Funding is now available for sustainability projects that provide experiential learning to Concordia students
“Our current focus is getting word out that we have funding available for groups of students, faculty and staff who are collaborating on projects that advance the university’s sustainability goals,” says Cassandra Lamontagne, Concordia sustainability coordinator.
Lamontagne is working on the initiative alongside Sebastián Di Poi, SAF executive director. “We see this program as another tool to support the Concordia community in driving innovative solutions that implement the action plan, through collaborative projects that offer experiential learning for students,” Di Poi says.
Sustainability Living Lab objectives
The Sustainability Living Lab strives to connect the action plan’s goals, targets and strategies with the interests of Concordia’s innovative community. One way is to provide students hands-on learning activities that take the shape of classroom projects and internship opportunities.
“Student-led proposals for campus gardens that supports native, pollinator-friendly and edible plants were the result of a term-long class project,” Ziter explains. “Through the new Sustainability Living Lab program, we benefitted from a partnership with the Office of Sustainability and Facilities Management.”
That project earned a World Wildlife Fund Canada “Go Wild School Grant” — the first one for Concordia.
“The collaborative avenue provided by the living lab model will not only allow us to make our own campus more sustainable but also provide opportunities for students to put what they’ve learned in class into practice,” Ziter adds.
The Sustainability Living Lab also aims to facilitate partnerships between researchers interested in using the campus and its operations as a testing ground for solutions to sustainability problems. Another goal is to enable community members to propose and develop projects that help the university implement more sustainable food, waste, climate, research and curriculum models.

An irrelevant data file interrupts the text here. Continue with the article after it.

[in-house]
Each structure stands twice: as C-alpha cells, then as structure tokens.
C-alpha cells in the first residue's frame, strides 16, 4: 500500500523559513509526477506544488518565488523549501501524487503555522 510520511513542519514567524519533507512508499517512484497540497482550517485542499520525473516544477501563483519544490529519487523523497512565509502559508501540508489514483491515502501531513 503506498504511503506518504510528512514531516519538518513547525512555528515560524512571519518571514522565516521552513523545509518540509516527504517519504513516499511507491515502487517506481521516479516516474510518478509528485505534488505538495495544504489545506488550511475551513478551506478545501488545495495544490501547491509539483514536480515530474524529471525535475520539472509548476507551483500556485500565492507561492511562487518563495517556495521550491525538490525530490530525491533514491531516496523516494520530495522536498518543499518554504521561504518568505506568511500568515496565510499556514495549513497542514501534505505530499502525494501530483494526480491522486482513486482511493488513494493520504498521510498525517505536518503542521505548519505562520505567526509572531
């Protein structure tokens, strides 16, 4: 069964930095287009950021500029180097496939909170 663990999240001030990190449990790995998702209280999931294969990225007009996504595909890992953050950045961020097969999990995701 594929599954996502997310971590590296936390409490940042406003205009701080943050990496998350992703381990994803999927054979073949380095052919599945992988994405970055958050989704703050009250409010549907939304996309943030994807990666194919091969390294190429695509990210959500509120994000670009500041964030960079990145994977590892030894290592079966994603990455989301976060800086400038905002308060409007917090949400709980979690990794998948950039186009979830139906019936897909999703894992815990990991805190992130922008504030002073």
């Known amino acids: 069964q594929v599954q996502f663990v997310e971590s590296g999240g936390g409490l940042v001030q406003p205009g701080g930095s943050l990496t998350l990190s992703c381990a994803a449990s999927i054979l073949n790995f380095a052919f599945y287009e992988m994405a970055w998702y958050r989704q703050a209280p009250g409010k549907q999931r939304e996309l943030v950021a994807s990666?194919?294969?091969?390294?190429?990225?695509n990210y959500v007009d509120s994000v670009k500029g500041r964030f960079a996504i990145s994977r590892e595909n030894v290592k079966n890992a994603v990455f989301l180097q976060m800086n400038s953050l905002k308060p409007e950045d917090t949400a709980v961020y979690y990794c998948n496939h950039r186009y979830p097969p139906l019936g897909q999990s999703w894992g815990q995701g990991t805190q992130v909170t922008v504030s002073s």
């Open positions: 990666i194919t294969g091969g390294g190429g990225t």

“We recognize that our community of students, faculty, researchers and staff is our greatest strength in striving for innovative sustainability solutions,” says Michael Di Grappa, vice-president of services and sustainability.
“This recognition informed the multi-stakeholder process for developing the action plan and will similarly influence its implementation with elements like the Sustainability Living Lab.”
Who can apply for funding?
The new program seeks to support the development and implementation of Concordia-specific projects that respond to the goals and targets outlined in the Sustainability Action Plan.
Already, teams of students, faculty and staff can apply for funding for projects that meet university sustainability criteria and provide experiential learning opportunities for students.
The SAF and Concordia will contribute matching amounts for each project. For the first year, they have earmarked $80,000.
“It’s worth noting that our contribution to living lab projects is in addition to the funding SAF continues to provide to students undertaking sustainability-focused projects, research and coursework, for example, our Sustainability Research Award program,” Di Poi adds.
Likewise, the university’s contribution to the Sustainability Living Labs Funding Program is incremental to operational and academic funding for projects that align directly with the Sustainability Action Plan or that support the ongoing sustainability culture-change initiative.
Given that the Sustainability Living Lab is currently in its development phase, the Office of Sustainability is eager to validate assumptions and respond to new or unaccounted-for community needs. The office will email students, staff and faculty a survey that can also be accessed through the living lab’s new web page.
“The process of developing the Sustainability Action Plan provided us with a lot of information about what community members wanted. However, ours is a dynamic community and goals change and evolve,” Lamontagne says.
“The funding program is one important piece of a larger, connective framework that we are looking to build at Concordia. We hope that members who feel particular interest in this conversation will also sign up to take part in live, remote stakeholder sessions.”
“Keeping communication channels open is vital,” Di Grappa says. “Community feedback will help the sustainability living lab and the funding model evolve based on the experiences of our members and the parallel initiatives available to them.”
If you have a sustainability project in line with Concordia’s Sustainability Action Plan, see if your group might qualify for funding from the SAF.